1,908 Pages

The Yamani Islands (pronounced yah-MAH-nee) is an archipelago that is located to the northwest of Tortall and west of Scanra in the Emerald Ocean. They are ruled by an Emperor and have very strict ettiquette, particularly regarding the showing of emotions. Their palace women were taught to fight, but only to defend themselves, as Keladry of Mindelan learned when she lived there for 6 years of her childhood. The women of the Islands use the naginata, which is a glaive in Common (the language Tortall uses), and have fans (shukusen) that look harmless but are really deathly as the fans are made of steel. It is also a game in which girls would toss the fan and catch it by its handle. The ladies also wear kimono. The Yamani are also known to wear their hair in topknots[1].

The land of the island is mountainous, which makes it particularly vulnerable to bandits. They are also often attacked by sea from Scanra and Jindazhen.[2]

Known Yamani include Princess Shinkokami, Lady Haname, Prince Eitaro, and Lady Yukimi. Also mentioned in "Page" is Princess Chisakami, the original princess engaged to Roald, only to die in an earthquake.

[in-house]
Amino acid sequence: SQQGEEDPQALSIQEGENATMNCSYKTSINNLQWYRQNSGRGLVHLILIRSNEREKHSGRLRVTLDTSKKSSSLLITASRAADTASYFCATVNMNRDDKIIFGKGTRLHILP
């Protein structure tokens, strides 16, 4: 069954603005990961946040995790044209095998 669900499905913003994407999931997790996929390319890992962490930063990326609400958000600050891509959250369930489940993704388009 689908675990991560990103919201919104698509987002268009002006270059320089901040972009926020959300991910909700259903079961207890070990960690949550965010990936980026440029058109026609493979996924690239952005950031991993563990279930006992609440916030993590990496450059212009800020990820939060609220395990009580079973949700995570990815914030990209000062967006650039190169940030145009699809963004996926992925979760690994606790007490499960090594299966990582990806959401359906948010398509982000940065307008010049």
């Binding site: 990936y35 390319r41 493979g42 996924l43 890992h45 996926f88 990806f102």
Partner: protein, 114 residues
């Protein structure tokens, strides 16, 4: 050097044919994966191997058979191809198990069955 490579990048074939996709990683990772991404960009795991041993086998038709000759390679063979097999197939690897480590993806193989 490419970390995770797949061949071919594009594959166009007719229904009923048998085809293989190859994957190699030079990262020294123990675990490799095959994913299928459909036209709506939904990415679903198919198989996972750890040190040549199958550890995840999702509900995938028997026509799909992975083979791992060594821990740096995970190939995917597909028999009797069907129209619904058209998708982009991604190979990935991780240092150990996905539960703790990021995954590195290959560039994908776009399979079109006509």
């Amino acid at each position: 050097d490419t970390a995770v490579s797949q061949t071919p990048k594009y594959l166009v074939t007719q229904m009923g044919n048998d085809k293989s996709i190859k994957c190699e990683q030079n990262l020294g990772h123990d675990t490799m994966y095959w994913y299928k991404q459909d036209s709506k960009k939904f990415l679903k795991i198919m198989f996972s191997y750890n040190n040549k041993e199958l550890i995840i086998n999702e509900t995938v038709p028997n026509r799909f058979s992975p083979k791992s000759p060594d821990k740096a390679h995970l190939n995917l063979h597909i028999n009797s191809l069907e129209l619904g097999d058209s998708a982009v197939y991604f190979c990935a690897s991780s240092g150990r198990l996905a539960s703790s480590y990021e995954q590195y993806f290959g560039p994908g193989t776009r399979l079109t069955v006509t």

The Yamani Empire's greatest treasures are the swords of law and duty. At some point in 447 H.E., Scanran pirates had attempted to steal the swords. After a Yamani lady-in-waiting protecting the swords was killed, Ilane and Keladry of Mindelan protected the swords until Yamani guardsmen had arrived. This helped to clear the way for peace treaties between Tortall and Yamani.


One particularly notable characteristic of the Yamani culture relates to their expression of emotions. Similar to Japanese culture, it is socially expected that Yamanis not allow their facial expressions to reveal their emotions. For Keladry, who picked up this skill while living in the Islands as a child, hiding her emotions was an asset when she faced harassment as a page.


It was mentioned in First Test that fires on the Yamani Islands were especially hazardous due to the interior design, that typically featured paper walls dividing the rooms, and straw mats for floor coverings.


Tamora Pierce based the Yamani culture on the culture of ancient Japan. So far Tamora Pierce has no plans to write a story set in the Yamani Islands themselves, but she also has said that this might still change[3].

Notes and references

  1. Terrier, May 7, 246 (p. 399; Random House paperback)
  2. Page, Cp 8
  3. Random Buzz; "Random Tortall Questions..."; April 22, 2009
Community content is available under CC-BY-SA unless otherwise noted.